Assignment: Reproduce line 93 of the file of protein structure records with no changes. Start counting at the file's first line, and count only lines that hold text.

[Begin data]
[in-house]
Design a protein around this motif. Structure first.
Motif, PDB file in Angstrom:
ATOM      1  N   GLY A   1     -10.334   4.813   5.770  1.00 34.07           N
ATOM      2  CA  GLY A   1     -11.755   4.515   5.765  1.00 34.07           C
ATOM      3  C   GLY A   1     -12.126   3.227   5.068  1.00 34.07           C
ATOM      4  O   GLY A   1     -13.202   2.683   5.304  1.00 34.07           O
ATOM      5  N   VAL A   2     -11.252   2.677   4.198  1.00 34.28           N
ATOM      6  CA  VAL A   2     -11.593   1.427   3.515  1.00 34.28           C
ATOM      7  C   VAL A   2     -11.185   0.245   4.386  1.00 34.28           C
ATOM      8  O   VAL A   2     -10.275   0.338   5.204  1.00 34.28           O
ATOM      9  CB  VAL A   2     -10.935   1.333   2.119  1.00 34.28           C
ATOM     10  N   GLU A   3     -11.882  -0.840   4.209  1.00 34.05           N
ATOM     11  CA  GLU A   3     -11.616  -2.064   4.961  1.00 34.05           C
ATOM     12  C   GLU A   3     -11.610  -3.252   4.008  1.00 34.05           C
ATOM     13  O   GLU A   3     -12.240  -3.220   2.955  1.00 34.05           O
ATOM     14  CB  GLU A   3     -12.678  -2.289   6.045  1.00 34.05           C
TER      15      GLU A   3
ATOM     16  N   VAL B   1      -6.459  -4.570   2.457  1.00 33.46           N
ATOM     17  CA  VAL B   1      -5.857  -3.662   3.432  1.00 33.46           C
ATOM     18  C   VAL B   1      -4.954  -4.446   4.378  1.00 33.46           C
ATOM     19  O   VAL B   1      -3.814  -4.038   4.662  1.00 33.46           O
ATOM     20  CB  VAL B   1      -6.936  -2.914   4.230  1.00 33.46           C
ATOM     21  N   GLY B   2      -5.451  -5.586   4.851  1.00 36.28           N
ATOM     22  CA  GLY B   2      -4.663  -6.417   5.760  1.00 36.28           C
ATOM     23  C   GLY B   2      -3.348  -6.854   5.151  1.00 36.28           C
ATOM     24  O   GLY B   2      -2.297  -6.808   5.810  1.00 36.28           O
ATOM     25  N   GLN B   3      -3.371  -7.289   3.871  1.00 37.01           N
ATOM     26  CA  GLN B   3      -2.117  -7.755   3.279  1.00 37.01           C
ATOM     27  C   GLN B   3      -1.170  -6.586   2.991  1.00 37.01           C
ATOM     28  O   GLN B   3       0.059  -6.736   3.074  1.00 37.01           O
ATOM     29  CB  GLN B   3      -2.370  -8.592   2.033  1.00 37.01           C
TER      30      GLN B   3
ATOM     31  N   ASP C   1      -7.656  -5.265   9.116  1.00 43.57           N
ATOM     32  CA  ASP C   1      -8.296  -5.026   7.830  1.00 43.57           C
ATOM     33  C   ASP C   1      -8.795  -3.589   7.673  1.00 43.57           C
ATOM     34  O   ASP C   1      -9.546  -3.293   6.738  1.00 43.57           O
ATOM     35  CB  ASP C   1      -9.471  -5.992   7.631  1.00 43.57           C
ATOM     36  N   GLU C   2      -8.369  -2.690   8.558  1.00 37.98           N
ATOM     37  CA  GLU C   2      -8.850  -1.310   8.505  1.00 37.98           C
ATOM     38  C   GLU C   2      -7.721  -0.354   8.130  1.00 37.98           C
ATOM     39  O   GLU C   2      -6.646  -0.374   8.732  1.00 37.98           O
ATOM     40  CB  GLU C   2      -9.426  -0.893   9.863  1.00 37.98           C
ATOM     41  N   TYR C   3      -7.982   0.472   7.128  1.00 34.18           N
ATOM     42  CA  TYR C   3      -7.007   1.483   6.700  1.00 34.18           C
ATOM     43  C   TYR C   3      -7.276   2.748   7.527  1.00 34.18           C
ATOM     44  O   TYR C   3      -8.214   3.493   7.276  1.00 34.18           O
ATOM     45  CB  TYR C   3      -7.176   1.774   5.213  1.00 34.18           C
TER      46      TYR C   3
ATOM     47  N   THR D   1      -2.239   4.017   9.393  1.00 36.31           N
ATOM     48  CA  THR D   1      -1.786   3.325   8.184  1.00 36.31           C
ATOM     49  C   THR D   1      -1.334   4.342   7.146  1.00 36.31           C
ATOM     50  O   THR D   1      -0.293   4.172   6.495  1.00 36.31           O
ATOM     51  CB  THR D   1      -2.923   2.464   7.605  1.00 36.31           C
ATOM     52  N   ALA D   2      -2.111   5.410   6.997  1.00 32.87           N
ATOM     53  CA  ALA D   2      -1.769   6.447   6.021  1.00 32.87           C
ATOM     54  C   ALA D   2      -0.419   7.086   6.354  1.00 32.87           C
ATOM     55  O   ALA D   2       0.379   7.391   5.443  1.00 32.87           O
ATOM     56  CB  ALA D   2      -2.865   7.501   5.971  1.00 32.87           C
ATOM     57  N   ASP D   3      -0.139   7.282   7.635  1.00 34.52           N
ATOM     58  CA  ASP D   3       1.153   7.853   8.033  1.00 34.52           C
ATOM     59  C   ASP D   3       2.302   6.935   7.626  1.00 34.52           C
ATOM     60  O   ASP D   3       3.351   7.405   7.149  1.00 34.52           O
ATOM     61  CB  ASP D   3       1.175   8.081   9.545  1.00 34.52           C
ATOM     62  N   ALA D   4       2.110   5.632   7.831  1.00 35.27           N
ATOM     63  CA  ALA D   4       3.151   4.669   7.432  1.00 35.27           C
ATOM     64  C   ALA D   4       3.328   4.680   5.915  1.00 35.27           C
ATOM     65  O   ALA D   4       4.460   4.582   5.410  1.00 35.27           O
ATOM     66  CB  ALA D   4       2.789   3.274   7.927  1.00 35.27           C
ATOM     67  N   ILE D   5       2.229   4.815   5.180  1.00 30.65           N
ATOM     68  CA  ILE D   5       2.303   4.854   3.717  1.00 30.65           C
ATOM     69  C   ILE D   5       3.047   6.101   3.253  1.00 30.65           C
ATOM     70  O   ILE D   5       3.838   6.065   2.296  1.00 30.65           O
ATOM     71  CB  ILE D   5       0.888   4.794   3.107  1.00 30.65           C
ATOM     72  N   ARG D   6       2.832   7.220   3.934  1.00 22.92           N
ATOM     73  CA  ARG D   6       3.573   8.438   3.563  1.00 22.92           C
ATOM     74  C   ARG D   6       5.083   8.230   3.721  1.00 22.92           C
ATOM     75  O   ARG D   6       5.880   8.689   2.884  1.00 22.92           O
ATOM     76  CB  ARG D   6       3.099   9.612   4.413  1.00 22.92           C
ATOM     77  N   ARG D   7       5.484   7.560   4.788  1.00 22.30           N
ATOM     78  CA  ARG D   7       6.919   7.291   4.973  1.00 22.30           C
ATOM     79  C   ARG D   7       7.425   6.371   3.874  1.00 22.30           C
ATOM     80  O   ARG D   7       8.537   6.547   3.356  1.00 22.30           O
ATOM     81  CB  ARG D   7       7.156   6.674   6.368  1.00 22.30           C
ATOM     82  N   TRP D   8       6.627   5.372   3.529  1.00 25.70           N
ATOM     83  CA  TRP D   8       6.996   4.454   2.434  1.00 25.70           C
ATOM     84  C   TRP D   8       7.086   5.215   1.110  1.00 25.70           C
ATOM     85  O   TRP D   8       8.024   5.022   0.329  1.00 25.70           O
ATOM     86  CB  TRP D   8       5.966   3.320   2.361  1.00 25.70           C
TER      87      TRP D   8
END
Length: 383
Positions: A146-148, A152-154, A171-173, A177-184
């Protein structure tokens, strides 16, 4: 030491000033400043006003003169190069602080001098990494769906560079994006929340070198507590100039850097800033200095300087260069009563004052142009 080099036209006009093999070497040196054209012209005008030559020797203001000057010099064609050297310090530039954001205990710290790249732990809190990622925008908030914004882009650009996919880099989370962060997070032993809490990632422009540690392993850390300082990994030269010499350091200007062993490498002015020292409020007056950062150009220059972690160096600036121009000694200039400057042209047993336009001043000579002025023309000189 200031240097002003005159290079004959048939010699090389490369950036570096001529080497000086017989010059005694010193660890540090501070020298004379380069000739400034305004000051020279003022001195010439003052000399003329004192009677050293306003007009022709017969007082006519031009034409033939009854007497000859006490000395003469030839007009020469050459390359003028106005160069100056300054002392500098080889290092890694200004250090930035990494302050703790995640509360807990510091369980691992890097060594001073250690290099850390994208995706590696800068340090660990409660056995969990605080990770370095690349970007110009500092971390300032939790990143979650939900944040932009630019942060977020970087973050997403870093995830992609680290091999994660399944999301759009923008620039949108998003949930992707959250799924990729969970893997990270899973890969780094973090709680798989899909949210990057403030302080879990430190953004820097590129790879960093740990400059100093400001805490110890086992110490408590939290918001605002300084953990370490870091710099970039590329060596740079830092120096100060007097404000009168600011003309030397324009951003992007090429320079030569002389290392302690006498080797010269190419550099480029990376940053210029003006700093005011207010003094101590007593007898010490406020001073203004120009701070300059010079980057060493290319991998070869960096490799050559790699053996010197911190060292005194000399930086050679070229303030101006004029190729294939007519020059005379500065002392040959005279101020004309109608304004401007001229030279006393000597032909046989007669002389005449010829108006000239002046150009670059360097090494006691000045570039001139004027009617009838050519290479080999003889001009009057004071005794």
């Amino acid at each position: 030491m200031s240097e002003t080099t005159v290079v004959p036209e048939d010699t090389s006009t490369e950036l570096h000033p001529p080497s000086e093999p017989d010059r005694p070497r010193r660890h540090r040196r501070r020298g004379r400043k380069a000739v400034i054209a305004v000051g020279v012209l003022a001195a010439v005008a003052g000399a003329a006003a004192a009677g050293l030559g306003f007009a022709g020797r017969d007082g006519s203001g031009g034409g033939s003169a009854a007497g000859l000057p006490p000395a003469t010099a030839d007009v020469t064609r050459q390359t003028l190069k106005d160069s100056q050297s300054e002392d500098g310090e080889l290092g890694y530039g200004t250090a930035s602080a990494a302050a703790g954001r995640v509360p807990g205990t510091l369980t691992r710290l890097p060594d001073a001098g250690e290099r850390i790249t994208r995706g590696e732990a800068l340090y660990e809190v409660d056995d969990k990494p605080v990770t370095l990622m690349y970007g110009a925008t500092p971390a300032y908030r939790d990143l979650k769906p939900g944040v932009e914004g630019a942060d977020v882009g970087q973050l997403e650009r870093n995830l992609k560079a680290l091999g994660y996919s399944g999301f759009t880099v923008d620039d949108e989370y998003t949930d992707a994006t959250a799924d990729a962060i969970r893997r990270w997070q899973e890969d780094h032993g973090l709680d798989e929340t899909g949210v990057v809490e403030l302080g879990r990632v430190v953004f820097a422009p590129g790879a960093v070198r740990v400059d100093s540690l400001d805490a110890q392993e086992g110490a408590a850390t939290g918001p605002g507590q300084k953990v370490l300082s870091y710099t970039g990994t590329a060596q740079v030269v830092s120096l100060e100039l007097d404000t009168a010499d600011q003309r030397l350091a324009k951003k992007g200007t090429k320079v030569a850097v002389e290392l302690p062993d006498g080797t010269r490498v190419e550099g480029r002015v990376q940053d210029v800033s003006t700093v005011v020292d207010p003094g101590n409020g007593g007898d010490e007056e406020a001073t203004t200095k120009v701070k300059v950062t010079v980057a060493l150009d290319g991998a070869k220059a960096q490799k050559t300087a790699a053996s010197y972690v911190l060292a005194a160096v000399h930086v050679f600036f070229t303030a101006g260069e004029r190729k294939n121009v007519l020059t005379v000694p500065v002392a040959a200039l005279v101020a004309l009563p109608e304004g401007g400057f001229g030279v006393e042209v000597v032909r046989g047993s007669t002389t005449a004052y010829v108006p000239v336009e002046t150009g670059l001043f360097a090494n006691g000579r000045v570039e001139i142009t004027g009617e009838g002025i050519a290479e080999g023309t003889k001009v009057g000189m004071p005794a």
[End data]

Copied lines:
Positions: A146-148, A152-154, A171-173, A177-184